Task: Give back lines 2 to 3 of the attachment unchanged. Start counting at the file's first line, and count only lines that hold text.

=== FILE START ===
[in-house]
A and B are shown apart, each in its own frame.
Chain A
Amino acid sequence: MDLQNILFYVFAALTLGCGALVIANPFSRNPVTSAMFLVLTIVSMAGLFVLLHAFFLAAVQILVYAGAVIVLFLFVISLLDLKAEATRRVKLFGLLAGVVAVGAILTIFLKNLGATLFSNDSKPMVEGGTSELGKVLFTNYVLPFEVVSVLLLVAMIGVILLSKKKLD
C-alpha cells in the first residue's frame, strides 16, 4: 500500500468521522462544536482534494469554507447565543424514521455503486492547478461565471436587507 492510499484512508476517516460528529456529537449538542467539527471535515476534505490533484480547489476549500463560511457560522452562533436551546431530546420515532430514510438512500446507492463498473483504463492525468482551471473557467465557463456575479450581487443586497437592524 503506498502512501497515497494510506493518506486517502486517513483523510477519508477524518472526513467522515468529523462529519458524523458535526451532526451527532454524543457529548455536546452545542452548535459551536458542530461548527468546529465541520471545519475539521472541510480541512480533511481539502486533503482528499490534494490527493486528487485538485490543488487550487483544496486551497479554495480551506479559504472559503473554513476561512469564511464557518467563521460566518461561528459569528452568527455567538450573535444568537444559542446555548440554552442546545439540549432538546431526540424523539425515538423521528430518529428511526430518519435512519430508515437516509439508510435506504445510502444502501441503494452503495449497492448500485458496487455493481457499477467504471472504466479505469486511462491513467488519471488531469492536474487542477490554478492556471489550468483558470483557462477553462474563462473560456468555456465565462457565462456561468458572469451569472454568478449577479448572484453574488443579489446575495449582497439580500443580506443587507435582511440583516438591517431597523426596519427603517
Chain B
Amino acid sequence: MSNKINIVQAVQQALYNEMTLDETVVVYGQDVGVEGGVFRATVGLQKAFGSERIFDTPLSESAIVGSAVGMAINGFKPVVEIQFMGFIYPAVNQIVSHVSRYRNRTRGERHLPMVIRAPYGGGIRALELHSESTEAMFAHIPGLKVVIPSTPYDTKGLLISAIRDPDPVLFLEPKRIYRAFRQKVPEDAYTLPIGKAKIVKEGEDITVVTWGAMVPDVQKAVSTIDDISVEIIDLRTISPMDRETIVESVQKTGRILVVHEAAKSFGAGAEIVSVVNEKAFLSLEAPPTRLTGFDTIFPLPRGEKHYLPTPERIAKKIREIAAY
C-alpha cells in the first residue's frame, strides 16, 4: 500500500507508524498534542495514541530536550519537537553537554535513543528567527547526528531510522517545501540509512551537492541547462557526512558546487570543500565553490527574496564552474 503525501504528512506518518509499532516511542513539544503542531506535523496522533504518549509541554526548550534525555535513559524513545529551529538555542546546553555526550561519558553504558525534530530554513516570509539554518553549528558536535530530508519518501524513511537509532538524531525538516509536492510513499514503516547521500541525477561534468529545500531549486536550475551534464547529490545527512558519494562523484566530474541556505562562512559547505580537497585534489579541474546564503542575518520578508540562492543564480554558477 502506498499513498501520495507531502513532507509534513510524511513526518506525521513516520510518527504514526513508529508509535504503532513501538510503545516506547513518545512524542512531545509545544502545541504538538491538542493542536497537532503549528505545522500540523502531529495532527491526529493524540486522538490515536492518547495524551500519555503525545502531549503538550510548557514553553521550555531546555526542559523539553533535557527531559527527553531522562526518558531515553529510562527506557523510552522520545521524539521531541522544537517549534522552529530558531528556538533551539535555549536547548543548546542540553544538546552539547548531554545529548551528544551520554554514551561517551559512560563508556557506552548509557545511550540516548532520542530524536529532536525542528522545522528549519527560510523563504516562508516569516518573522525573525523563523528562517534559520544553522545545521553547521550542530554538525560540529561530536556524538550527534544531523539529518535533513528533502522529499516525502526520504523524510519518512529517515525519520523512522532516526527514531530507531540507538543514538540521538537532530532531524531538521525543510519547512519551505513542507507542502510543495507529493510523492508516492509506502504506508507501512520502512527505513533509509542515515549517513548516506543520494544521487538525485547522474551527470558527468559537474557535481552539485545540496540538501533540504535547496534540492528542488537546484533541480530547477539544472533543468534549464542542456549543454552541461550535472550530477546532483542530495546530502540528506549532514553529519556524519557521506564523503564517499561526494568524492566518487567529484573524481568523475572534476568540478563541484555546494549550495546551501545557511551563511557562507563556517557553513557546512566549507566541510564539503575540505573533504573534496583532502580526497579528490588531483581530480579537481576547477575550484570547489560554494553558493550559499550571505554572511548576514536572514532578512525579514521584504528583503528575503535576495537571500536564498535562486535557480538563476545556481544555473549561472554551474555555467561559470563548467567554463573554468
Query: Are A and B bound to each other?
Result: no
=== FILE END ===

A and B are shown apart, each in its own frame.
Chain A